Who can go on enjoy Halloween without the traditional rhyme of the Five Little Pumpkins? Thank goodness Iris Van Rynback knew to put this rhyme into a cute little book with perfect illustrations to match. It's not the traditional bright colors one would see in other books of the season. Instead, knowing that the audience would be for toddlers, the pictures are done in soft pastel colors with the perfect shade of orange for the five little pumpkins. It is warm, whimsical and winning. A can't miss if toddlers are around.
Eve Bunting is a favorite children's author of mine so it was a surprise find The Bones of Fred McFee. Expecting something light and cherry, this book swept that notion away with the very first page. Children will wonder if Fred McFee was real or just a plastic skeleton. The rhyming story of how the skeleton jangled and danced in the sycamore tree will capture the attention of young listeners as they find out the fate of ol' Fred McFee.
My favorite new Halloween book is Goodnight Goon! A sweet parody of the Margaret Wise Brown's classic tale Goodnight Moon. Michael Rex does a wonderful job in capturing the spirit of the original tale and turning it into a Halloween Classic. Now, I said it was a sweet parody, and it is. But don't tell Mr. Rex I said that. The subtitle of the book is : A petrifying parody. which is kind of misleading. How can a cute little wolf-man be so petrifying? He just needs his rest just like any other little boy!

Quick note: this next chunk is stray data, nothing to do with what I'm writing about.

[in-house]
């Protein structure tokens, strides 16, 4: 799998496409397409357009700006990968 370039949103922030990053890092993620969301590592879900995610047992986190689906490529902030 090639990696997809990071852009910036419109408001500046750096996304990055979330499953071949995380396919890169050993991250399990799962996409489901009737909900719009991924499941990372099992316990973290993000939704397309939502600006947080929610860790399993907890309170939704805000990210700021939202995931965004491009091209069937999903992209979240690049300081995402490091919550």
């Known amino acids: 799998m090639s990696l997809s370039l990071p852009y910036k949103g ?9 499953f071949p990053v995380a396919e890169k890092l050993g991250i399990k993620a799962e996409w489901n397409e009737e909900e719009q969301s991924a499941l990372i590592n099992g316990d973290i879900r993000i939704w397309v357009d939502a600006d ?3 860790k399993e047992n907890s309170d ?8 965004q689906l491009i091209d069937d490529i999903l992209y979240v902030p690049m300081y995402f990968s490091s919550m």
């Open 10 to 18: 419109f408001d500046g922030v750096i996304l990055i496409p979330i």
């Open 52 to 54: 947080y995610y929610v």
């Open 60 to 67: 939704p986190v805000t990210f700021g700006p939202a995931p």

To say the least, this list is not complete. There are so many more wonderful stories to share but for the moment I will leave you with these titles to search your local library's shelves. Next time around, has anyone heard of The Halloween Tree? The next installment will be titles that are for the older reader (Middle school and up) Be ready for some serious titles that a Trick-or-Reader can really sink their teeth into on a really scary October night!